Surrey-White Rock MLA Gordon Hogg

Hogg plans to drop role as BC Liberal caucus chair

MLA to focus on community duties in Surrey-White Rock, as Premier Clark set to announce her new cabinet.

Newly re-elected Surrey-White Rock MLA Gordon Hogg said he is not seeking cabinet office in this term, nor would he like to return as government caucus chair, a post he has held for the past two years.

“I think it’s time somebody else had that for a while,” the veteran BC Liberal politician said, noting he found that, as in his earlier cabinet posts as Minister of Children and Family Development, Minister of State for Mining and Minister of State for ActNow BC, “it pulls you away from the community a fair amount.”

The position of caucus chair is elected as a one-year term in a secret ballot by MLAs.

Premier Christy Clark – who said Wednesday she would run in a byelection in Westside-Kelowna this summer, after being defeated in Vancouver-Point Grey May 14 –  is to announce cabinet appointments Friday, with cabinet being sworn in Monday.

Hogg, 66, is to be sworn in Tuesday, along with other BC Liberal MLAs and independent Vicki Huntington (Delta South). NDP MLAs are to be sworn in Wednesday.

Hogg is a former White Rock mayor and councillor, holding civic office for 20 years before first being elected as Surrey-White Rock MLA in 1997. Prior to being elected to the Legislature, he worked as a counsellor, probation officer and regional director for corrections. He has also served as a board member on numerous committees and non-profit societies, including Peace Arch Community Health Council and Peace Arch District Hospital.

“One of the things I most enjoy about (being MLA) is being in the community and being able to participate in the growth and development of programs in this community,” Hogg said.

Hunt & Cadieux

He said he’d like to spend more time on issues such as pushing for a new high school in the Grandview Heights area to alleviate Earl Marriott Secondary, and also helping create innovative social health and environmental programs in partnership with community and business groups, typified by the collaborative work that resulted in White Rock’s Centre For Active Living.

“The opportunity to spend a little more time working on things like that will be good for me,” he said. “However, I’m honoured to represent this community, and I’ll be happy to play any role I’m asked to play provincially in order to provide the best government in this province.”

It had been speculated that Hogg’s riding was considered one of the frontrunners – along with West Vancouver-Capilano MLA Ralph Sultan – eyed as a potential landing point for Clark, who would be without a seat after her loss to New Democrat David Eby. Clark’s loss made it inevitable she would be parachuted into a “safe” BC Liberal riding so that she could continue to hold office as premier.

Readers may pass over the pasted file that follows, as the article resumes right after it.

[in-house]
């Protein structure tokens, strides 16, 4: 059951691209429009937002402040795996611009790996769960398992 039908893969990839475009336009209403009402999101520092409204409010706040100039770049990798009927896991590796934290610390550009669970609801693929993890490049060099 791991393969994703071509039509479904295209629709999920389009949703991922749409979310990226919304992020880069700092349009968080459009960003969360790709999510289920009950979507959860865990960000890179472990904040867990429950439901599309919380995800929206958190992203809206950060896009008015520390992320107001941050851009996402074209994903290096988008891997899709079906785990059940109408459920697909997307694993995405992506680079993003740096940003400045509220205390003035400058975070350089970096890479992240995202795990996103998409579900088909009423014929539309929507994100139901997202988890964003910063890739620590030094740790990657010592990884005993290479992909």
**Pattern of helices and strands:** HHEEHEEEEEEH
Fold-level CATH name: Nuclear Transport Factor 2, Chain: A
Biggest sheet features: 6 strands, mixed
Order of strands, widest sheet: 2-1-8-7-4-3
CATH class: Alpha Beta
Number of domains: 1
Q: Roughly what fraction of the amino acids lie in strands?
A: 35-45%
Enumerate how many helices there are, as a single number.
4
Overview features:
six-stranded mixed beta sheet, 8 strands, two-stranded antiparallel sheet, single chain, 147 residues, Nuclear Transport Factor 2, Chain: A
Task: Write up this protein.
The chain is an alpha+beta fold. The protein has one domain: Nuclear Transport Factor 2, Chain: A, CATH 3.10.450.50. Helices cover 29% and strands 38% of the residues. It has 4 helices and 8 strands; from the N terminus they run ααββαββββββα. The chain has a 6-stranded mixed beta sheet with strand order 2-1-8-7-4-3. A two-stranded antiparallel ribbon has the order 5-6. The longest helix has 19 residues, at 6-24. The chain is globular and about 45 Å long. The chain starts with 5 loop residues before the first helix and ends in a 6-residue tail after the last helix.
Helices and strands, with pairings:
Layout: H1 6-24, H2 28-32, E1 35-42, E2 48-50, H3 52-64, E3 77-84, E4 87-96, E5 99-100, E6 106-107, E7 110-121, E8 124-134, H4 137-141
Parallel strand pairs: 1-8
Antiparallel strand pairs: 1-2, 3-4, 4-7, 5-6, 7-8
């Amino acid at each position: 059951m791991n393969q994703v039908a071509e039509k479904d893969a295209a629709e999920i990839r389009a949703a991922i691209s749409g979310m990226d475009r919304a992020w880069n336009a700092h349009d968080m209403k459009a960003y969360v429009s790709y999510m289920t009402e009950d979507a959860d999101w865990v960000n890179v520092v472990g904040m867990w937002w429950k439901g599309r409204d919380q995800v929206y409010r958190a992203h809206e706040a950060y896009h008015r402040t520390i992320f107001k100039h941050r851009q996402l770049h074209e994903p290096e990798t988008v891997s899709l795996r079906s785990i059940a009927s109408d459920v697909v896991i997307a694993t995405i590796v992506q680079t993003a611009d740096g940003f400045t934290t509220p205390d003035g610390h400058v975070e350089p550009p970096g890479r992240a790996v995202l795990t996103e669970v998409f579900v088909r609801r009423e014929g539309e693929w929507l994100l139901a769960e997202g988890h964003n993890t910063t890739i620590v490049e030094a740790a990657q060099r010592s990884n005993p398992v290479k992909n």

(Days after the election, Peace Arch News had asked the three BC Liberal MLA-elects in South Surrey if they would be willing to give up their seats for their leader. Hogg and Marvin Hunt (Surrey-Panorama) called the possibility “hypothetical” and refused to comment further, and Stephanie Cadieux (Surrey-Cloverdale) said “it’s not something I’m even thinking about.”)

Wednesday, Westside-Kelowna MLA-elect  Ben Stewart, who won in his Okanagan riding by a 6,197-vote margin, confirmed he will step aside for the premier.

“In the big picture, it’s part of parliamentary procedure that if the leader of a party is defeated in his or her own riding that you have to find another seat for that leader – and Ben came forward and offered his seat,” Hogg said.

He added it was “very noble” of Stewart to volunteer.

“Certainly we were all aware of the need, and looking at that need and if some (local) ridings had met the criteria, we would have looked closely at that,” Hogg added. “But Ben is the one who came to the forefront first.”

Hogg said the swearing in of caucus members will be the first step in moving toward a byelection in the Kelowna riding as swiftly as possible.

“I believe there has to be a swearing-in before an elected member can resign, and then there must be a notice of byelection, and that means a wait of 28 days for that to occur,” he said.

“Kelowna has voted, traditionally, for our party, so it seems like a good way for Christy to get back into parliament.”

 

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